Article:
WHYY arts and culture program showcases Philadelphia’s diverse communities

Lauren Martin of The Soapbox in West Philadelphia holds up one of the many zines in their collection. Part of the episode on Cultural Gatherings.

As the Stay at Home Order remains in place for the city of Philadelphia and beyond, WHYY’s TV program “Movers and Makers” may well be a good substitute for physically exploring the region right now. 

Hosted by South Philly native Andrew Erace and produced in part by Naomi Brito and Terri Murray, WHYY’s vice president of programming and production, “Movers and Makers” zooms in on a diverse swath of creative people and cultural institutions throughout Philadelphia, from musicians and zine-makers to community organizations and playgrounds. The second season of the program premiered on April 23. 

Bob Skiba at the John J. Wilcox Archives

The producers’ commitment to inclusivity and diversity means that “Movers and Makers” features members of the LGBTQ+ community in various formats. The show’s first season included a segment on Bob Skiba, well-known curator of the William Way LGBT Community Center’s John J. Wilcox Jr. LGBT Archives. 

“We’re an all-female production team, so it’s three women producers that produce all the segments and then Terri is leading us,” Brito said. “As a result, our segments tend to be really diverse because we all have incredibly different backgrounds as producers.” 

An episode in the current season of the show features a segment on zines, which are self-published collections of original writing and/or images that usually focus on niche subject matter. West Philadelphia nonprofit The Soapbox: Community Print Shop and Zine Library appears in the episode. The Soapbox produces Philly Zine Fest, “Philly’s oldest and largest small press festival.” 

“‘Zines’ is a good example of a segment [where] there’s already a lot of importance to marginalized communities in terms of zine-making,” Brito said. “As part of that segment, we talked to a really diverse group of zine-makers, including people who identify as LGBTQ, whether or not their zines specifically deal with that identity.”   

Season 2 starts off with “Pioneering Women,” which spotlights some of Philadelphia’s influential and creative women in commemoration of the centennial anniversary of the passing of the 19th Amendment.

“We’re theme-ing episodes this year so that they have a little more of a thread through them,” Murray said. “We were really excited to be able to kick off with an episode that honors and highlights artistic and powerful women in the community.”  

Other LGBTQ content in the current season of “Movers and Makers” includes a segment on the Norris Square Neighborhood Project in West Kensington, which provides youth and community residents, including LGBTQ youth, “a safe space to explore culture and social justice issues, create art and develop their sustainable-agricultural skills.” In a predominantly Puerto Rican neighborhood, the Norris Project partners with other organizations including GALAEI, Brito said. 

A segment in the “Hidden History” episode features a profile of the South Asian American Digital Archive, which is “committed to documenting and preserving South Asian history here in the United States,” Brito said. “As part of that, also making sure that the LGBTQ population within South Asian Americans is represented as well.”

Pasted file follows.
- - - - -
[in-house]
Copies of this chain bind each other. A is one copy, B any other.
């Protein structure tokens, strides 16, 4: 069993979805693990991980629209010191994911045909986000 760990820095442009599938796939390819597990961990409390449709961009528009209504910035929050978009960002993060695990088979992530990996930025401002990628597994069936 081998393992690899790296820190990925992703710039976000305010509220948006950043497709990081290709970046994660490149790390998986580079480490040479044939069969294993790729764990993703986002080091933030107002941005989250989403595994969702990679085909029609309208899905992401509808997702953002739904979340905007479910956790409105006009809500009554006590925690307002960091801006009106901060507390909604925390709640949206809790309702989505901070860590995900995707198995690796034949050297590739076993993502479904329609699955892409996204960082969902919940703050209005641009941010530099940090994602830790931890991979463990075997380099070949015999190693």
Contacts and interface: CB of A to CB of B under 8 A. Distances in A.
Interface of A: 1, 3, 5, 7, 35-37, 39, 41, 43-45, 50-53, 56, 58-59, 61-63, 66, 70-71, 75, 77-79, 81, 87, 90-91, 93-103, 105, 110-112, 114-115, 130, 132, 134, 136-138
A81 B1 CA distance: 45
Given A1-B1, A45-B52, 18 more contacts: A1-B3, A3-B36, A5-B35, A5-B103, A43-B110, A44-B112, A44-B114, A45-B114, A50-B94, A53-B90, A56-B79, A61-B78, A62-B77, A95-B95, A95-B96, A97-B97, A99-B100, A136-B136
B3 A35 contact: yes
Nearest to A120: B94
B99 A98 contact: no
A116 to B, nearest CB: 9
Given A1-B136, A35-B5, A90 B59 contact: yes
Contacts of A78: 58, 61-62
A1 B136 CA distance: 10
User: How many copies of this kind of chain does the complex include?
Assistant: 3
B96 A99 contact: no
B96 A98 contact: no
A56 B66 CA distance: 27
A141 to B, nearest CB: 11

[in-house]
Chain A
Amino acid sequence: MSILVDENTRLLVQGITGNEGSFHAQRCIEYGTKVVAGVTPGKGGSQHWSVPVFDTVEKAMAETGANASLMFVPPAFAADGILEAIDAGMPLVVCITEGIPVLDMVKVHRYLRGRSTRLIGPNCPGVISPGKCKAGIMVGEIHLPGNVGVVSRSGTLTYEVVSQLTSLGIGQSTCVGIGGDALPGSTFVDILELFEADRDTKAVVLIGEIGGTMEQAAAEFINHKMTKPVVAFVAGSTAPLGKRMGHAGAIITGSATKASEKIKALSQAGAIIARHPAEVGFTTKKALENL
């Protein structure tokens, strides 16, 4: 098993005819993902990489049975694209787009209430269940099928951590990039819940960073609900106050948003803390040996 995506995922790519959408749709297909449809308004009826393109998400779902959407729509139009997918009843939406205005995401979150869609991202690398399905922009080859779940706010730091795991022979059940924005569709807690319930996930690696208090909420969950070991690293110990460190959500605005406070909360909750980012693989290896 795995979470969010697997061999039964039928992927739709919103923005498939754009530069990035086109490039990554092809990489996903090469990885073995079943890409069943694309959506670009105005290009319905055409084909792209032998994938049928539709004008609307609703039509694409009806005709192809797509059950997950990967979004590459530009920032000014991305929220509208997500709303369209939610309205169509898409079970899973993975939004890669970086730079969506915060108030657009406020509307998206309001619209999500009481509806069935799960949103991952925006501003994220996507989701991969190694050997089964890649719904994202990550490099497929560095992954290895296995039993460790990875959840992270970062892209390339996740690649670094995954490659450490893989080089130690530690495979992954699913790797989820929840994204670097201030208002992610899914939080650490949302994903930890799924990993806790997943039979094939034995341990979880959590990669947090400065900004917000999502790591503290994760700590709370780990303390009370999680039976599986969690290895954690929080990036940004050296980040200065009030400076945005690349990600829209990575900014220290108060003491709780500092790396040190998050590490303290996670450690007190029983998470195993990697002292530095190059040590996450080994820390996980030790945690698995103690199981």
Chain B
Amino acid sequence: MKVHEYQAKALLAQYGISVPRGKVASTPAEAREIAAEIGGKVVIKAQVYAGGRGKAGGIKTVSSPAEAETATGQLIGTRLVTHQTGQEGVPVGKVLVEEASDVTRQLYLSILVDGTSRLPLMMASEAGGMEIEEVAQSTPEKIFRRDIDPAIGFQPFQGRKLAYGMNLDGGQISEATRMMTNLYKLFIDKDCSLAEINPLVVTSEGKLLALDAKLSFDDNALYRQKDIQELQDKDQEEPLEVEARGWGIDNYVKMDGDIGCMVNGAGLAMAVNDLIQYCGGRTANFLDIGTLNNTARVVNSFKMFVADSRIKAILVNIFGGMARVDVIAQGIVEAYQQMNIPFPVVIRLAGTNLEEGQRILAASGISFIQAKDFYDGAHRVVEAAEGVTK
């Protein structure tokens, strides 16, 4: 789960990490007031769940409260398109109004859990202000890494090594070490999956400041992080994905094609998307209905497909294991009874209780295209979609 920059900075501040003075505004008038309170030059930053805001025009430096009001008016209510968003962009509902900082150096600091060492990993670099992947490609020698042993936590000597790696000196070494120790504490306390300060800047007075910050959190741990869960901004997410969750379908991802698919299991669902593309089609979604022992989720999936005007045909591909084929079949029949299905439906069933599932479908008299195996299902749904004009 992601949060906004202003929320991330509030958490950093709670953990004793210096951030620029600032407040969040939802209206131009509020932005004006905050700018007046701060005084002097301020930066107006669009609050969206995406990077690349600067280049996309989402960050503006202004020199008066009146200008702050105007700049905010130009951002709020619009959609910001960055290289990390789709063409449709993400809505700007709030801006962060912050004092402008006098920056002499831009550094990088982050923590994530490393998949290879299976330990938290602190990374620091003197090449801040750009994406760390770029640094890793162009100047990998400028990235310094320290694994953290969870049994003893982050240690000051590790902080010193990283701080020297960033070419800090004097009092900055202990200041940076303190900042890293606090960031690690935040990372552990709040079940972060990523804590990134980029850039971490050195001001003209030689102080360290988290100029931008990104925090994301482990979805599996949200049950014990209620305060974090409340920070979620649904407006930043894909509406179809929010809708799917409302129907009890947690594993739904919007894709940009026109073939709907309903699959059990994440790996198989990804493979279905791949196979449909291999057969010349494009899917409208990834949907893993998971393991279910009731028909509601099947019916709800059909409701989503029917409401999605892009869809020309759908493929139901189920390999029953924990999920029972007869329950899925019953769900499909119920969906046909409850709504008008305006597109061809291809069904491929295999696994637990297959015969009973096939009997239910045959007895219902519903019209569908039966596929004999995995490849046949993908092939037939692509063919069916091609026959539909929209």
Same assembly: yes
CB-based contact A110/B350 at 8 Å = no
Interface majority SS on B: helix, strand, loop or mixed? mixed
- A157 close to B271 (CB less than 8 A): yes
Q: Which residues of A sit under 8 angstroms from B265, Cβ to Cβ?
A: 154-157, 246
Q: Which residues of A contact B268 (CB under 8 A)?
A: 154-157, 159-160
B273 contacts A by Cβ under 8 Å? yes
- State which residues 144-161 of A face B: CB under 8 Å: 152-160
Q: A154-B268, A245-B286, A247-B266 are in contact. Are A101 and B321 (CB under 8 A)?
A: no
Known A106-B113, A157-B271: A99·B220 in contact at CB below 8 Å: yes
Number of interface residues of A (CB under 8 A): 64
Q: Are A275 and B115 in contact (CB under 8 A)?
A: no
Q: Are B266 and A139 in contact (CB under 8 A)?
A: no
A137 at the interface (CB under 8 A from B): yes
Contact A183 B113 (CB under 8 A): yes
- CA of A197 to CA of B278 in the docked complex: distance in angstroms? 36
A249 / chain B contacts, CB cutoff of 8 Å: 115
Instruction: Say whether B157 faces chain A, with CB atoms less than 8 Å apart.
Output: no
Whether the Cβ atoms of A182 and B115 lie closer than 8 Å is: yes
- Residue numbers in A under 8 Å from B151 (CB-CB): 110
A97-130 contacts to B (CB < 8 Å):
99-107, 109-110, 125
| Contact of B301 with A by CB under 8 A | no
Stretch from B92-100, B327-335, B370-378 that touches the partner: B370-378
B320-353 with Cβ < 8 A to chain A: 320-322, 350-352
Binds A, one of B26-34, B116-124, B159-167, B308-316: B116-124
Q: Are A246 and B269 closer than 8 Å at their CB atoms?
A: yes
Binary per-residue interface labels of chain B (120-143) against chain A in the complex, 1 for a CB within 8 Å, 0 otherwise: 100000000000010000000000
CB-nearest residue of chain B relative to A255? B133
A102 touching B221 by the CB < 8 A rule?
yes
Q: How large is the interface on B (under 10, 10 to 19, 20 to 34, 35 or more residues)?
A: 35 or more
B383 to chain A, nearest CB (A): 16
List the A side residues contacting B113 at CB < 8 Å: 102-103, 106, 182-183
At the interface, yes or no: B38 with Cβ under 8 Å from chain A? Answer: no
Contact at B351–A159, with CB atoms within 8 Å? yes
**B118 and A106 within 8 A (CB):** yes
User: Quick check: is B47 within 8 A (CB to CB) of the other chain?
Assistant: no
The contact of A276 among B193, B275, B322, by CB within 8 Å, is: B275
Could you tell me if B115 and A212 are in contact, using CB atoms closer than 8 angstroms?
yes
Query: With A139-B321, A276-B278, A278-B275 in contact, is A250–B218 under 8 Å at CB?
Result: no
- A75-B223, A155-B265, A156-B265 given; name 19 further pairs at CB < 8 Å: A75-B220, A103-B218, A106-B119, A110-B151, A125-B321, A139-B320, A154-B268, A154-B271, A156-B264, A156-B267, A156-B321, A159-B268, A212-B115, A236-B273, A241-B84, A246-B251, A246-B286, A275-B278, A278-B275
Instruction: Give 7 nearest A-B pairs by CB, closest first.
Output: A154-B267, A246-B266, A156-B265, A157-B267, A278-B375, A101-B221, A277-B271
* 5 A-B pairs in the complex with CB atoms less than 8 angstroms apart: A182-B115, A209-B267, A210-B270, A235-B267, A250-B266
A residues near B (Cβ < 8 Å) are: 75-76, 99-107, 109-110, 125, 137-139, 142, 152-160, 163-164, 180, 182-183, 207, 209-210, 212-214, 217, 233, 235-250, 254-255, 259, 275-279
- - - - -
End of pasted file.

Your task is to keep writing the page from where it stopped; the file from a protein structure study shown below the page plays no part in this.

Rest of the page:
Though everyday life has been put on hold for the time being due to the coronavirus pandemic, the show’s snapshots of different people and cultural establishments still hold significance, perhaps even more now than before.  

Host Andrew Erace. Courtesy WHYY

“Everyone’s supposed to be quarantined inside, [but through the show] able to get an understanding of what is taking shape in your city that you might not even know about,” Erace said. “You can watch it right on television and bookmark these episodes so that when we can go outside and businesses are back open or events are rescheduled, you’d be able to actually use “Movers and Makers” as an opportunity to connect with different places and people throughout the region.”

“I think that the situation that we’re all going through is such a heavy, heavy topic and lends itself to a lot of anxiety and depression,” Murray added. “I think arts and music, and culture and people just being creative and expressing that creation is a good way to lift people’s spirits and keep them connected.”

Although the show’s production has been temporarily put on hold, the team plans to pick up when life can resume as normal, Murray told PGN. “I see this program evolving and us being able to tell greater stories and find other hidden talents and people in the city,” she said. 

The “Movers and Makers” team also welcomes ideas from community members in terms of people who might be good to feature on the show. Folks can email ideas at [email protected]. “People come to us with all kinds of ideas,” Brito said. “Some work and some don’t, but viewer suggestions have led to some of our coolest stories.”

“Movers and Makers” airs on WHYY-TV12 on Thursdays at 7:30 p.m., but all episodes will be available to stream in their entirety via WHYY’s website: https://whyy.org/programs/movers-makers.

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